In the case In re Actos End Payor Antitrust Litig., No. 13–CV–9244 (RA) (S.D.N.Y. March 30, 2022), New York Magistrate Judge Stewart D. Aaron, observing that “Takeda’s exclusion of lesser included emails from production has resulted in the exclusion of the metadata associated with earlier emails in a chain”, ordered Takeda to produce “all responsive ESI to Plaintiffs, including earlier-in-time emails”. He also ordered the parties to meet and confer on privilege logs, related to the email threading issue.
This complex antitrust class action over alleged false patent claims made to the FDA regarding Takeda’s diabetes drug ACTOS was filed on December 31, 2013. On March 18, 2015, the Court approved the Discovery Protocol that the parties had proposed, which called for the production of ESI in native format, together with metadata and coding fields, and for the parties to de-duplicate the ESI that is produced, but it stated nothing about producing only the most-inclusive emails in email threads.
After motion practice and two appeals to the Second Circuit, Takeda finally began to make multiple rolling productions in February 2022 of non-privileged documents from 25 agreed custodians, including six in-house lawyers. In its production, Takeda used email threading, “by which a party reviews and produces the most-inclusive email in a thread.” The plaintiffs objected and filed a motion to compel Takeda to produce lesser included emails and their associated metadata, as well as “privilege log entries for earlier-in-time emails that are part of email threads redacted or withheld for privilege.”
Judge Aaron began his discussion regarding the email threading dispute by stating: “The first issue before the Court, i.e., regarding email threading, highlights the importance of negotiating a comprehensive ESI protocol before data production is undertaken. The issue arises here because Takeda made its initial rolling productions using email threading even though the Discovery Protocol, by its terms, did not permit such approach.”
Continuing, Judge Aaron stated: “Takeda’s exclusion of lesser included emails from production has resulted in the exclusion of the metadata associated with earlier emails in a chain (which may be weeks or even months prior to the last email in a chain)…This exclusion materially has reduced Plaintiffs’ ability to search for all correspondence within a date range. In addition, in certain email chains, only the sender of particular emails earlier in a chain are reflected, and not the recipients of such emails…Finally, Takeda’s email threading has removed Plaintiffs’ ability to see if anyone was blind-copied on lesser included emails, even though this information was among the metadata the parties agreed in the Discovery Protocol to produce.”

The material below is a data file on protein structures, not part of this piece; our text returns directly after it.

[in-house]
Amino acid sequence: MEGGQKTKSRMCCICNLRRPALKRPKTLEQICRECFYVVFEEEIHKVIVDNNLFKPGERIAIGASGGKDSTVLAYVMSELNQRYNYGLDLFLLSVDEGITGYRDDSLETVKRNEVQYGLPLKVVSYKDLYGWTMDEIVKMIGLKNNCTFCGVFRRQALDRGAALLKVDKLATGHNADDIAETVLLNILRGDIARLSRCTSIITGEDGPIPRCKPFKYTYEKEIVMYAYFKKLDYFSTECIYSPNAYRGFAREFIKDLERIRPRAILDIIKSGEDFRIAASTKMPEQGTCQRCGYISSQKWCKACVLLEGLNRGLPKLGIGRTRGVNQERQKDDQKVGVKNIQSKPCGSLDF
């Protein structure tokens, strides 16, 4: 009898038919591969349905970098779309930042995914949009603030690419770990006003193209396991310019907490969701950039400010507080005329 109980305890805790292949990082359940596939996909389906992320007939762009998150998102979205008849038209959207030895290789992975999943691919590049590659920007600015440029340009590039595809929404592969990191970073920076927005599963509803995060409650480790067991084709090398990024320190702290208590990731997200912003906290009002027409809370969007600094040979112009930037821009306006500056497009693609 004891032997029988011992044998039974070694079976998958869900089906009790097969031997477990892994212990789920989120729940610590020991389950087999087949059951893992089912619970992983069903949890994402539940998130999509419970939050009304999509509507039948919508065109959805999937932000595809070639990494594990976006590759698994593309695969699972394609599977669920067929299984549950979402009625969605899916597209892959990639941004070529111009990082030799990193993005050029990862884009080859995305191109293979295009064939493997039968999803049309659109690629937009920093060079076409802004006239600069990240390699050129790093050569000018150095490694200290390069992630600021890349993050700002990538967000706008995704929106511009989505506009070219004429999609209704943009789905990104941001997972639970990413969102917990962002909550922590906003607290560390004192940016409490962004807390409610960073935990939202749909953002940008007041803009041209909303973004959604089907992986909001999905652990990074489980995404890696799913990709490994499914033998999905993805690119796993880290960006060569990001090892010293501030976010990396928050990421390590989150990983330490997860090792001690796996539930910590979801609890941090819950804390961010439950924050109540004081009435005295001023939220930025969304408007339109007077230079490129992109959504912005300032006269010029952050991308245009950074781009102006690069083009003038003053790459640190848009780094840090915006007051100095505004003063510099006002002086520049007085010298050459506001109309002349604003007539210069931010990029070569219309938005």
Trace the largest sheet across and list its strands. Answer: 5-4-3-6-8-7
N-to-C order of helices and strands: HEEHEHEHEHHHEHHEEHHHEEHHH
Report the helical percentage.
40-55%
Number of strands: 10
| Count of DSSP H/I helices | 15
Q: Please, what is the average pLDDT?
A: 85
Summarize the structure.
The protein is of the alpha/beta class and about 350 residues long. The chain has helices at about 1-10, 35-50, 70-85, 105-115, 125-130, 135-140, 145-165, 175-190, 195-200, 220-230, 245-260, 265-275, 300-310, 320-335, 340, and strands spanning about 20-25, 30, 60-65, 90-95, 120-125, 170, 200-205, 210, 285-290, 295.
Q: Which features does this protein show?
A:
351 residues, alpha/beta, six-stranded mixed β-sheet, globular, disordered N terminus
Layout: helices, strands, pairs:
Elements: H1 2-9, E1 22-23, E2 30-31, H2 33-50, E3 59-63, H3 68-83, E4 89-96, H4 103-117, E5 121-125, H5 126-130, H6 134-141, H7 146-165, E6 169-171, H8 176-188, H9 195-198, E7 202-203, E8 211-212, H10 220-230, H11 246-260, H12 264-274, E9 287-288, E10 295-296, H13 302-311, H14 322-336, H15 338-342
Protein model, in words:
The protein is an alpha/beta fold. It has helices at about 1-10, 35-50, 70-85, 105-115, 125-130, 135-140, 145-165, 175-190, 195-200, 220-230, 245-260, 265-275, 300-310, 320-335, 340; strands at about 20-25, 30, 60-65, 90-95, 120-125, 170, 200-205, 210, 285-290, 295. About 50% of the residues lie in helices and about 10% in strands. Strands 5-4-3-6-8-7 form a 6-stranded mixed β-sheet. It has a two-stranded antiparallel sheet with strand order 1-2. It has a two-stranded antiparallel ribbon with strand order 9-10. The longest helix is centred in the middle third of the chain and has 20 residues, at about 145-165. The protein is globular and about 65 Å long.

Noting that “Plaintiffs were not provided the opportunity to negotiate how email threading might be accomplished in an acceptable manner”, Judge Aaron ruled: “In the circumstances presented, and based upon careful review of the parties’ submissions, the Court, in its discretion, declines to impose email threading on Plaintiffs. Moreover, although the Court recognizes that the production of earlier-in-time emails will cause some additional burden on Takeda, the Court finds that any additional burden is not undue since Takeda agreed to the Discovery Protocol and likely already has reviewed many of the emails at issue. Thus, Takeda shall produce all responsive ESI to Plaintiffs, including earlier-in-time emails.”
As for the privilege log dispute, Judge Aaron stated: “because the Court now is requiring Takeda to produce earlier-in-time emails, which will affect the scope of the privilege log, the parties may be able to reach an agreement on the privilege log issue. Accordingly, the parties are directed to meet and confer to seek to agree on a revised privilege log protocol, taking into account the Court’s ruling above.”
Judge Aaron also discussed the idea of using categorical privilege logs, stating: “categorical privilege logs are appropriately used in this Court”, while rejecting both the plaintiffs’ proposed approach (“Plaintiffs’ proposal of permitting categorical logging of emails only where all emails ‘involved the same participants and subject matter’…is inconsistent with the foregoing principles, since there is no requirement that all participants be identical for categorical logging to be appropriate”) and Takeda’s proposed approach (“Takeda’s proposal of only logging the threaded emails…also is inconsistent with the foregoing principles, since it is unlikely that the log would contain sufficient information for Plaintiffs to assess the claim of privilege for each email in the thread”).
So, what do you think? Does this ruling change your thinking in how lesser included emails in email threads should be treated in review and production? Please share any comments you might have or if you’d like to know more about a particular topic.
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